What's Wrong with Monopoly (the game)?
You have surely played the Parker Brother's board game Monopoly. It has been published in 26 languages and in 80 countries around the world. Since being introduced in 1935, in fact, an estimated one-half billion people have played it. It has taught the multitudes what they know about how an economy works.
The problem is that the game seriously misrepresents how an actual market economy operates. To review, in the free market, Mises wrote,
Neither the entrepreneurs nor the farmers nor the capitalists determine what has to be produced. The consumers do that. . . . Their buying and their abstention from buying decides who should own and run the plants and the farms. They make poor people rich and rich people poor. They determine precisely what should be produced, in what quality, and in what quantities. They are merciless bosses, full of whims and fancies, changeable and unpredictable.
That's the real world. In the game Monopoly, owners of land and houses and hotels, though acquiring their possessions by luck, are flattered into believing they are masters of the universe, extracting profits from anyone who passes their way. There is no consumer choice and no consumer sovereignty. This is not a small detail. The entire raison d'etre of the market is missing, and thus the real goal and the guide of all production in a market economy.
Consumer choice is replaced by a roll of the dice. The player then becomes passive. Landing on property owned by another person creates not a mutual gain but a loss. In this way, trade is portrayed as "zero-sum." The elimination of consumer choice leads to the belief that businesses profit only at the consumers' expense.
In the real world, when consumers choose to purchase items from business, there are always expected gains from trade. Two people voluntarily act in their own best interest and take advantage of their differences in subjective valuation. A reverse inequality of values is what gives rise to trade in the first place. When a person exchanges something, he values what he gets more than what he gives up. The other party to the exchange values what he gets more than what he gives up. Both parties are better off than before the trade. Business transactions between sellers and buyers are positive-sum transactions in the real world because both parties enter the agreement voluntarily.
In Monopoly, a roll of the dice forces exchanges between producers and others. However, business to business transactions are left to free negotiation. Players are allowed to offer property for trade or cash to other players on mutually agreeable terms. Even in these transactions, regulation raises its ugly head when there are buildings on the property. Players are forced to demolish buildings before making any property exchanges.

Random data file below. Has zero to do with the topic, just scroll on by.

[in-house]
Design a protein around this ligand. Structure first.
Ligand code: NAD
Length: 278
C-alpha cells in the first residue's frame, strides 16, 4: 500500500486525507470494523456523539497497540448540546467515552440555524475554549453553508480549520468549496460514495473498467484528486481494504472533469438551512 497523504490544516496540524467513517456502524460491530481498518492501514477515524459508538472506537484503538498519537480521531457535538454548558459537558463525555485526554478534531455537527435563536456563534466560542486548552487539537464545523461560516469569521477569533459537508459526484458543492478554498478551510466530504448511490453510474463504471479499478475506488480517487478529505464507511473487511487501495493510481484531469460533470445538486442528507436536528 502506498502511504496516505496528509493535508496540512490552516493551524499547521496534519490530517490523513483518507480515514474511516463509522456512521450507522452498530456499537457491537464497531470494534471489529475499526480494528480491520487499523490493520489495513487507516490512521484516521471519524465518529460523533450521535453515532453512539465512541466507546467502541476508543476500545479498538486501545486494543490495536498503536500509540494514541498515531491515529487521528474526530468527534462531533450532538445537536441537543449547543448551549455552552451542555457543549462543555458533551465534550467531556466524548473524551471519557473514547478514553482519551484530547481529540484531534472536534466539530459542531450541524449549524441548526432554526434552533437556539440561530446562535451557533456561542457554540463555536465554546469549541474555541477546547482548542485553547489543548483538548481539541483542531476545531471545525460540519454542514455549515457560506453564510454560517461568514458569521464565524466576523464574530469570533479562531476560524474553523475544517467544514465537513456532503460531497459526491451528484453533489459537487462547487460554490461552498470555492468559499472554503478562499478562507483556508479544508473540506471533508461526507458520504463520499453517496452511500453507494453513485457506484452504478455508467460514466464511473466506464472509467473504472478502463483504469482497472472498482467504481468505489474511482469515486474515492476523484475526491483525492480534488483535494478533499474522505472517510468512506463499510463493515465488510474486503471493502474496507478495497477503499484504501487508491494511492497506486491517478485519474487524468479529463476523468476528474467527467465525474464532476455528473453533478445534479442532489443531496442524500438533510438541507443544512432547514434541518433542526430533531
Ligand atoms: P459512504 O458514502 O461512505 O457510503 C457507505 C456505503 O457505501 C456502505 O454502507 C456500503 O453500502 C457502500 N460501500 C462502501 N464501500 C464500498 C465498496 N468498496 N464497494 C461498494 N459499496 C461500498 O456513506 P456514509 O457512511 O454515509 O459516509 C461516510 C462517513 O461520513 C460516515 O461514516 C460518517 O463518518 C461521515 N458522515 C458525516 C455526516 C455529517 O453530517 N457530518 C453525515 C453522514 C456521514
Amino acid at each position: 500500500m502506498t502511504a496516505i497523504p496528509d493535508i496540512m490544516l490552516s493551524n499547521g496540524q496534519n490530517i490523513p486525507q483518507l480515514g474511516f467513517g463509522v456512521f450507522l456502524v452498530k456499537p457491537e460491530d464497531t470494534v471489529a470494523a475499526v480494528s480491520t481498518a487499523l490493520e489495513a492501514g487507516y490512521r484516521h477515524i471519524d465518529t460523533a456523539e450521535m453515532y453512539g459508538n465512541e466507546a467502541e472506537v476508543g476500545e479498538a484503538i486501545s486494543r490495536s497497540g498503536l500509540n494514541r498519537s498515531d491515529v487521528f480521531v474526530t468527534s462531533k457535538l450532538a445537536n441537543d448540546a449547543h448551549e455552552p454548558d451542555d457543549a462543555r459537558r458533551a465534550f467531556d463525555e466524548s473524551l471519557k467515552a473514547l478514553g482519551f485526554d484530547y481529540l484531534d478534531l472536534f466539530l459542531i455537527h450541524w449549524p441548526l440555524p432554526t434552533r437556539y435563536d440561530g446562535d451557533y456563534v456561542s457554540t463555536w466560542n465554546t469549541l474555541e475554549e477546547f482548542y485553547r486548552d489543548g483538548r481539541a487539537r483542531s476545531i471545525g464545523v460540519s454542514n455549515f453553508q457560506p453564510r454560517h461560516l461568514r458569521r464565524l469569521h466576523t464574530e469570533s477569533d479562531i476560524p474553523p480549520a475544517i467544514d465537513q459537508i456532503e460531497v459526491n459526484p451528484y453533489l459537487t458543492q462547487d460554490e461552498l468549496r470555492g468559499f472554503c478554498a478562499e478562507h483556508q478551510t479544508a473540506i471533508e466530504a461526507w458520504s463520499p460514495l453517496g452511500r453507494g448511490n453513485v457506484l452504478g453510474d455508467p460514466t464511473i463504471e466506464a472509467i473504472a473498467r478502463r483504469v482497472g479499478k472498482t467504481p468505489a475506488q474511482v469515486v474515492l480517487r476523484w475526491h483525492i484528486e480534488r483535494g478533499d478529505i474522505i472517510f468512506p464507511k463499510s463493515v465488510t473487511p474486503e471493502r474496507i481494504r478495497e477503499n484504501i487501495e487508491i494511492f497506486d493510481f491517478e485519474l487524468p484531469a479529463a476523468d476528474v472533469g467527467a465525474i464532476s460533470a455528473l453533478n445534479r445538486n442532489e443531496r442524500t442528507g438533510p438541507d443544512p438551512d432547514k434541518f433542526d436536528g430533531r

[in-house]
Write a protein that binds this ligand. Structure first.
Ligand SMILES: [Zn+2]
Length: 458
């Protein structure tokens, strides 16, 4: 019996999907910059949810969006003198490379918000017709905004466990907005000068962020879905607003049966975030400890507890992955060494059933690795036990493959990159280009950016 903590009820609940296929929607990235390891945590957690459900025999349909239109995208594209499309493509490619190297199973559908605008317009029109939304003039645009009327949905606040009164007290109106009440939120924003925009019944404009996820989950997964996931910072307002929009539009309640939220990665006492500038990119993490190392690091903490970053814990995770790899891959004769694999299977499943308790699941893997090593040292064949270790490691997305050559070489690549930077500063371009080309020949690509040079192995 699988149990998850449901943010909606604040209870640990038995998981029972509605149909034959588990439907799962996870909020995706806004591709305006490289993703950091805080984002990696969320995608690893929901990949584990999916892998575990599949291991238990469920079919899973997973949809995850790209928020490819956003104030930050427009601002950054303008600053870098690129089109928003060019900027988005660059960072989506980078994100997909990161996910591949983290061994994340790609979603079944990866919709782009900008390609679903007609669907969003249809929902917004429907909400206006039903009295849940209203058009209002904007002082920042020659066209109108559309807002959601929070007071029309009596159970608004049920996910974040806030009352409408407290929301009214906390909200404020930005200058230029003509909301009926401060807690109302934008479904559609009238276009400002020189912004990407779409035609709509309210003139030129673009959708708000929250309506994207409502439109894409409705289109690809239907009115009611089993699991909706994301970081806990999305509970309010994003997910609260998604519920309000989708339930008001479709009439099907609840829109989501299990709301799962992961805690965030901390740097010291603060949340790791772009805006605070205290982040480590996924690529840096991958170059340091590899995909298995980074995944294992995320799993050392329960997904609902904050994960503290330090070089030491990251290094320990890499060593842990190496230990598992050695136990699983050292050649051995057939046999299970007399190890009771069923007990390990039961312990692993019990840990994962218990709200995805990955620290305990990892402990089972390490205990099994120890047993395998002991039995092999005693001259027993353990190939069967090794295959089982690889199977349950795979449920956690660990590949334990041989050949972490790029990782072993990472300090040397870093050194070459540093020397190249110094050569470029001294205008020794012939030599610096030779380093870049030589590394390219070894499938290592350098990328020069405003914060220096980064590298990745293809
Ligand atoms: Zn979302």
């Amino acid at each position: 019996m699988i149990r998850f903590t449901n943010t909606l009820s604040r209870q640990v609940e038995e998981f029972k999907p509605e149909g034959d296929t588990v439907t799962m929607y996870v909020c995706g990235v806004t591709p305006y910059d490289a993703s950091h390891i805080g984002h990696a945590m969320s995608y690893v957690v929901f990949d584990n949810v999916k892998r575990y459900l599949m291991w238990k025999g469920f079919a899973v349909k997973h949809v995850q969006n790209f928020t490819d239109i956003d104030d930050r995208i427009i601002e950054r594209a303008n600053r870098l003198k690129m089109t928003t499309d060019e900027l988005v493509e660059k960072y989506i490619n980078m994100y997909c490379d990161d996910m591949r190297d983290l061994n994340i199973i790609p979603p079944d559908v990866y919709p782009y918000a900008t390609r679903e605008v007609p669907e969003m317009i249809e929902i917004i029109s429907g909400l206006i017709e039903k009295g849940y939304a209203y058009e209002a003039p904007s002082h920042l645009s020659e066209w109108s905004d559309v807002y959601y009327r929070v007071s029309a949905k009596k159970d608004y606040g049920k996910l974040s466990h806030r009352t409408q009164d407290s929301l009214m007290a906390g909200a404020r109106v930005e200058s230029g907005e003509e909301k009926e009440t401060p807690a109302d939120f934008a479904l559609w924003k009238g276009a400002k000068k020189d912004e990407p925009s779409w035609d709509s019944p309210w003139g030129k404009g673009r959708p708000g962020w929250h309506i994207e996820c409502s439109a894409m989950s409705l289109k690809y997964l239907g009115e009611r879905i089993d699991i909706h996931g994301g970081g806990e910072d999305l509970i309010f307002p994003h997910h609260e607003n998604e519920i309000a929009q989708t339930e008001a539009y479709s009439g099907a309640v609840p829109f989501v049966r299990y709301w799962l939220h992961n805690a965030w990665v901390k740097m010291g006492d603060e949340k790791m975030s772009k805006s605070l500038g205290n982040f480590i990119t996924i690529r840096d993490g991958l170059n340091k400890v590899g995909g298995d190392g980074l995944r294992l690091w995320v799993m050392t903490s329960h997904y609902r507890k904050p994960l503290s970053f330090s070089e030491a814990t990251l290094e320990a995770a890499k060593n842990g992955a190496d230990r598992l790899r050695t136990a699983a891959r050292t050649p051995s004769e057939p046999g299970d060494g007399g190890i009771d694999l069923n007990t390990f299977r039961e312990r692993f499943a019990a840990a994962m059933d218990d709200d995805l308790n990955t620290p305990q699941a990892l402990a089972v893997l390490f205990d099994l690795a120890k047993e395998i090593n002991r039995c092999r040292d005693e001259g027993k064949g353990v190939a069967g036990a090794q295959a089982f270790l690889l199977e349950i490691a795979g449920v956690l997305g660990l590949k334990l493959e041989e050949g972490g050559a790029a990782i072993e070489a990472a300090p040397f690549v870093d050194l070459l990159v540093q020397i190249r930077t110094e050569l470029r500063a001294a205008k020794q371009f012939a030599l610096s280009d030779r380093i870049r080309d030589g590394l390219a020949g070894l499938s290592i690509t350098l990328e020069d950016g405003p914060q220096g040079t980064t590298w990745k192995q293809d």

The pervasiveness of monopolies in the game does not represent the situation in the real world. Every piece of property on the game board is essentially a monopoly; once the dice roll determines where a player lands, there is only one seller who the consumer must purchase from. The monopolies are easily obtained by purchasing land from the bank or another player. In the real world, however, consumers are rarely compelled to purchase goods from a seller—or if one seller exists it is because it has out-competed others over time. Even with one seller, consumers can always switch to substitutes or abstain from purchasing completely. That is not the case in Monopoly. Again, this is not a small matter. The game is wrong on the central point of economic decision making: who is in control of what is produced and how?
Ironically, even though the game does a poor job of demonstrating the benefits of mutually advantageous trade in a market economy, the game was banned in some socialist economies. A 1985 edition of the game came with a book that noted, "The anticapitalist world, not surprisingly, disdains the free-wheeling and dealing game. Fidel Castro once ordered all Cuban Monopoly sets destroyed, and the Soviet Union has banned the game."
In fact, Monopoly better illustrates how an economy works when it is based on intervention, central banking, and government privilege. For example, the game nicely illustrates the coercive nature of taxation. When players land on either of the two spaces requiring them to pay a tax, there is no pretense of the tax being voluntary or justified by the provision of "public goods." The income and luxury taxes are simply taken from the player against their wishes while they are given nothing in return.